No sooner had the Fed cut rates than President Trump attacked China with further tariffs.
Even though Trump says the current trade talks between the US and China are “constructive” and that they are engaging in “positive dialogue,” as part of his tweetstorm yesterday afternoon he pushed in some light tariffs.
The markets didn’t like this very much and are going through a bit of a tariff tantrum today. We’ll check the charts below.
It’s also worth noting that the President has expressed his disdain for the Fed’s interest rate decision on Wednesday. Not because he thought they shouldn’t cut as many economists warned, but because they didn’t cut enough. He wanted more.
By attacking China with tariffs he’s basically trying to force the Fed to cut rates further or at least get the markets to do it for him.
Notice: I will be traveling on Monday and unable to write the daily market update. We’ll resume as usual on Tuesday, August 6th. If anybody in or around the greater Los Angeles area wants to meet, hit me up!!
eToro, Senior Market Analyst
- Tariff Tantrum
- NFP Day
- Golden Bitcoin Bounce
Please note: All data, figures & graphs are valid as of August 2nd. All trading carries risk. Only risk capital you can afford to lose.
The first chart we need to look at puts things in perspective. Of course, I’m talking about the VIX volatility index, which is showing a spike.
As we can see, tensions are elevated in the markets right now, but in the grand scheme of things, this is still a controlled tumble. It’s not even the highest levels of the year and nowhere near the fear that markets were feeling in December when they felt the real possibility of two rate hikes in 2019.
The next group we want to see is the stock indexes. You can check out several different geographical indexes on your own time, but for the purpose of today’s note, we’ll use the S&P500.
After a brief stint above 3,000, it does appear that we’re getting a pullback. Of course, it’s entirely possible that the pullback is over, but I’m not buying it. For me, there’s a fair chance that we meet that 200 DMA again and even a real but less likely shot we test the lows of that December dip.
Gold was a crazy one as well. In yesterday’s webcast for premium and professional clients, I did do a few major adjustments to my portfolio and cutting my gold exposure was one of them. Don’t get me wrong, I’m still quite bullish but it seemed I’d overleveraged and needed to cut some risk.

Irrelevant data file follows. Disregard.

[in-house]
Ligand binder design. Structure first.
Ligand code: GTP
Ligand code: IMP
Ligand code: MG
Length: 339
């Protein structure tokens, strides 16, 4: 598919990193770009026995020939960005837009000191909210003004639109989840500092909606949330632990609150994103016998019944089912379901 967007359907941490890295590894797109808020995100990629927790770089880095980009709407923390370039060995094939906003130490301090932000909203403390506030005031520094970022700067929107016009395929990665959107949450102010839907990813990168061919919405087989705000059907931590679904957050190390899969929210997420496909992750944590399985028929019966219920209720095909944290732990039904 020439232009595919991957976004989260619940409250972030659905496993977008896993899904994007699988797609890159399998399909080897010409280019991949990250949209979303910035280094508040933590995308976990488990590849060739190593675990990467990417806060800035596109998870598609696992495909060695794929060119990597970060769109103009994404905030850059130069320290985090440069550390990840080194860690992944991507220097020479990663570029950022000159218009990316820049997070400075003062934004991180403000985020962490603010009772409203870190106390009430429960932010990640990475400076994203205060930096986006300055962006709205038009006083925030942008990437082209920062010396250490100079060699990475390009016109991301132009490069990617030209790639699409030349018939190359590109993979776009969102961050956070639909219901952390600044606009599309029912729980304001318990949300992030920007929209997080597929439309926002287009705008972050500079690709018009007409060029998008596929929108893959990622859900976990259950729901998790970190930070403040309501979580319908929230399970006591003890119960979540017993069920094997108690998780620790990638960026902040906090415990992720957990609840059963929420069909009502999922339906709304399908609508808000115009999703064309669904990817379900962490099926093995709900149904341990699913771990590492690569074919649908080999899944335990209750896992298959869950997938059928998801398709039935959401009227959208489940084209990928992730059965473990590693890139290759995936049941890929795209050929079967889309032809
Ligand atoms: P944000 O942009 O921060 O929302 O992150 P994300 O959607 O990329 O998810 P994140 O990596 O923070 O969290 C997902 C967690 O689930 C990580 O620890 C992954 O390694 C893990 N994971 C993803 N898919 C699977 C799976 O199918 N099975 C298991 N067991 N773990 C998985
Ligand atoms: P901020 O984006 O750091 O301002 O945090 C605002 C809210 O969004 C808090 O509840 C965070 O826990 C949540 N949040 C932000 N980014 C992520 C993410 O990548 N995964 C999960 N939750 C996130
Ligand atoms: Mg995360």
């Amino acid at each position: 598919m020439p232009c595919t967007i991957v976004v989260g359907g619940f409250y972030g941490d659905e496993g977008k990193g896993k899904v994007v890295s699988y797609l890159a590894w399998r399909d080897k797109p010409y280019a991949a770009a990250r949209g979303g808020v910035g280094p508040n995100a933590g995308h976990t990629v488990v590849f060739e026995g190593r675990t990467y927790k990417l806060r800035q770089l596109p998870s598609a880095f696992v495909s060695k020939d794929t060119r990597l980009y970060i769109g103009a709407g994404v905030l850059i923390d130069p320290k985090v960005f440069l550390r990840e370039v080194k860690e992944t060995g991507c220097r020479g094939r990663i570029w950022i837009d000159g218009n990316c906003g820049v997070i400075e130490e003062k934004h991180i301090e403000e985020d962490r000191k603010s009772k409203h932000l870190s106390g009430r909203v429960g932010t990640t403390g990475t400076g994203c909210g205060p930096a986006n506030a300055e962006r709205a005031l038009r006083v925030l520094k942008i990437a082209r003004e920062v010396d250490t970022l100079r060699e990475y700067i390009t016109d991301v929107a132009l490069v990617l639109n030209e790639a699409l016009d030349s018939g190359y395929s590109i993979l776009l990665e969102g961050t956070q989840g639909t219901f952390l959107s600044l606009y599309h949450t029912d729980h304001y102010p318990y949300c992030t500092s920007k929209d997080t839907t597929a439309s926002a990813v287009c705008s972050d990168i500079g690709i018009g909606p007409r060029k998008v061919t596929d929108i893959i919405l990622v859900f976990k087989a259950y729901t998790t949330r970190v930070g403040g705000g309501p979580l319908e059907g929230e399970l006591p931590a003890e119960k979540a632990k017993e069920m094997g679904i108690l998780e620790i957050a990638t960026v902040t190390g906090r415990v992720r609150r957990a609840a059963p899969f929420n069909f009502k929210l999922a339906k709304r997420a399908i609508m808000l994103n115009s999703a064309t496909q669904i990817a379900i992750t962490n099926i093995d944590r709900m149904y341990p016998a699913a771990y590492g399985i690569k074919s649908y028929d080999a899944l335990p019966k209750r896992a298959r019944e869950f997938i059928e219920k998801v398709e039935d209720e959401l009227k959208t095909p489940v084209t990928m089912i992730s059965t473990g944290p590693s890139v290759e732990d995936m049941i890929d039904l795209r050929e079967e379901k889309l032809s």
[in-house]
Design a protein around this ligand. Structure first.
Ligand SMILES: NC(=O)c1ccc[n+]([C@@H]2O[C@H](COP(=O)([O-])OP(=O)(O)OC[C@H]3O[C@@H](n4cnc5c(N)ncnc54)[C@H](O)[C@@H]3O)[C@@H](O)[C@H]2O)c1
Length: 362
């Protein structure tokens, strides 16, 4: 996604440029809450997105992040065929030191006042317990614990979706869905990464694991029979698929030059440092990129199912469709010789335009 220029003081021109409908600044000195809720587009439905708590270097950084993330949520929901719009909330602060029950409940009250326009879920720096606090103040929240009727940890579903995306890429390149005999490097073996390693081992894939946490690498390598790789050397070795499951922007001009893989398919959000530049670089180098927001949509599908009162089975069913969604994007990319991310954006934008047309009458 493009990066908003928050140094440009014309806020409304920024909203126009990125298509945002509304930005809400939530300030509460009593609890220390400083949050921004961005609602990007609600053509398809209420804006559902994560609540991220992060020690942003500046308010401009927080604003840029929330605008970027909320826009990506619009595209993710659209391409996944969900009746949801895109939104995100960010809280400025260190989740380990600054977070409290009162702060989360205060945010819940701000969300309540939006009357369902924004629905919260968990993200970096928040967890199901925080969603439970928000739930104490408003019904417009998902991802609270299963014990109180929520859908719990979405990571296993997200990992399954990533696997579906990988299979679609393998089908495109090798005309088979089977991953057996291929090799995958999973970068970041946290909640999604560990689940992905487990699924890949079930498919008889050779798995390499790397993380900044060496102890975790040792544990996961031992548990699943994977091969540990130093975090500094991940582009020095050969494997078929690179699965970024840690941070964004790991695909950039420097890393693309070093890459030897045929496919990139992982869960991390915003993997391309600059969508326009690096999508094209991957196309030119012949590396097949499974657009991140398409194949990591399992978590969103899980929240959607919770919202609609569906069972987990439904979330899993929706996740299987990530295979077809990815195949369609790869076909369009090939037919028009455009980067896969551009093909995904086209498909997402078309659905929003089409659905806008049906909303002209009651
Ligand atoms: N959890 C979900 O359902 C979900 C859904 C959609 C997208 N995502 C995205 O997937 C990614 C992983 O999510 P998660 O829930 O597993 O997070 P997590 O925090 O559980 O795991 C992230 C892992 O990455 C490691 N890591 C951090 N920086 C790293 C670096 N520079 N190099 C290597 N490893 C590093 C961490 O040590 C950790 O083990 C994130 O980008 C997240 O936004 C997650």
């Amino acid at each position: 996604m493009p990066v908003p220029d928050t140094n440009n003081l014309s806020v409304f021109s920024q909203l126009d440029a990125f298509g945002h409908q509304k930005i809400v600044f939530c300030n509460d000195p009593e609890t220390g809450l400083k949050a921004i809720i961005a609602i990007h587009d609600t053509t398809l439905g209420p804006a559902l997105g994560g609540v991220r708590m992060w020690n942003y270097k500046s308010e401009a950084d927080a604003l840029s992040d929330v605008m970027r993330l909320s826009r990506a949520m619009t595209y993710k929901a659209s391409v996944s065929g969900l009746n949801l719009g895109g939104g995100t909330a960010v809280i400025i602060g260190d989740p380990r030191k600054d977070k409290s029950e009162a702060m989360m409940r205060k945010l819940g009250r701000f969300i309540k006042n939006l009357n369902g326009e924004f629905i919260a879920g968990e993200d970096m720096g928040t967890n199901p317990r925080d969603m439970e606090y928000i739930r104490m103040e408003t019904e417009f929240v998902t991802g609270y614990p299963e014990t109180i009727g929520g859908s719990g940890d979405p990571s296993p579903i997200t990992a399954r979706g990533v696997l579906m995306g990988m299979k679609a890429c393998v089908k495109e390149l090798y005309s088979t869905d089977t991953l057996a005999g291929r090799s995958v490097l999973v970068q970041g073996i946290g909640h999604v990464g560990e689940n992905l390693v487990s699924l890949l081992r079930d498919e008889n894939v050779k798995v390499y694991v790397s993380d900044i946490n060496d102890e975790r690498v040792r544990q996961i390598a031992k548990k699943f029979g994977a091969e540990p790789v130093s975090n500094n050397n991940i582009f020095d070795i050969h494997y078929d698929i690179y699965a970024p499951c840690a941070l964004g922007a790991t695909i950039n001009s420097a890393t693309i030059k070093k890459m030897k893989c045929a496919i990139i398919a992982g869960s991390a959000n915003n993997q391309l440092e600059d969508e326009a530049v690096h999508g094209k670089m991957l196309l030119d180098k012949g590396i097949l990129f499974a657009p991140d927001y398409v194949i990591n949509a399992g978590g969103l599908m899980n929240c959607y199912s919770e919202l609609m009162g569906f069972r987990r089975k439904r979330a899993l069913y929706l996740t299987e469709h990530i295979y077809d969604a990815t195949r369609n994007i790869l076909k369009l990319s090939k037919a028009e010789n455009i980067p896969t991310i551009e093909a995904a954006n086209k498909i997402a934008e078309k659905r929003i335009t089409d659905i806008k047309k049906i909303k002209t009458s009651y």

My timing was obviously off though as gold had an incredible bounce hours after the broadcast and is by now testing the highs of $1,450 again.
Yeah… I have no clue on this one. Just expect volatility.
As we know the Non-farm payrolls announcement is usually pretty volatile as the United States releases its monthly job report.
Analysts are forecasting mild job growth of 164,000 employees.
Given recent action from the Fed and the White House, it will be extremely difficult to predict how the market will react to any given numbers. What we can say though, is that the further the outcome is from the forecast, the more volatility we can expect to see.
Golden Bitcoin Bounce
Even though correlation does not equal causation and we still don’t have enough data, it’s difficult to ignore the coincidence that bitcoin rose sharply in May and June while the US and China trade tensions were at their height. Today, once again we see the tension rising between the world’s two largest economies and Bitcoin is on a firm footing.
At the start of the week, we saw bitcoin bouncing nicely off support at $9,000 (yellow line) with strong volumes. We’re still way above the 200 day moving average (blue line) and my feeling is that we might need to test that again before a bull market can be confirmed.
For entertainment this weekend I wanted to share something that some of you may have already seen. It is kind of blowing up on crypto twitter. But if you haven’t seen it yet or want to watch it again, make sure to check out.
The Golden Debate – This debate has Pomp trying to convince famous gold bug Peter Schiff that bitcoin can be a viable store of value just like gold is.
It’s expertly hosted by CNBC’s Ran Neu Ner, who asks at the end, who won?
Well Ran, since you asked…
Peter won. If the goal was to convince Peter, it doesn’t seem like that happened. To be fair, it was probably an impossible goal to begin with though.
One place I thought Pomp could have strengthened was his closing argument. It seems he chose the FOMO approach but in debate terms, this is an easily refutable fallacy called Pascal’s Wager.
Example, saying that you should believe in G-d simply because if you don’t there will be consequences does not actually prove the existence of an almighty supreme being.
Pomp could have strengthened his argument by driving home the fact that Peter’s own website, in fact, accepts bitcoin.
Regardless of the fact that his website uses a middle-man service that accepts bitcoin and delivers him Dollars, Peter is still a contributing member of the Bitcoin network. By adding another place where people can spend bitcoin he’s inadvertently increasing the size of the network and with it the price of bitcoin.
Have an awesome weekend!!
Senior Market Analyst
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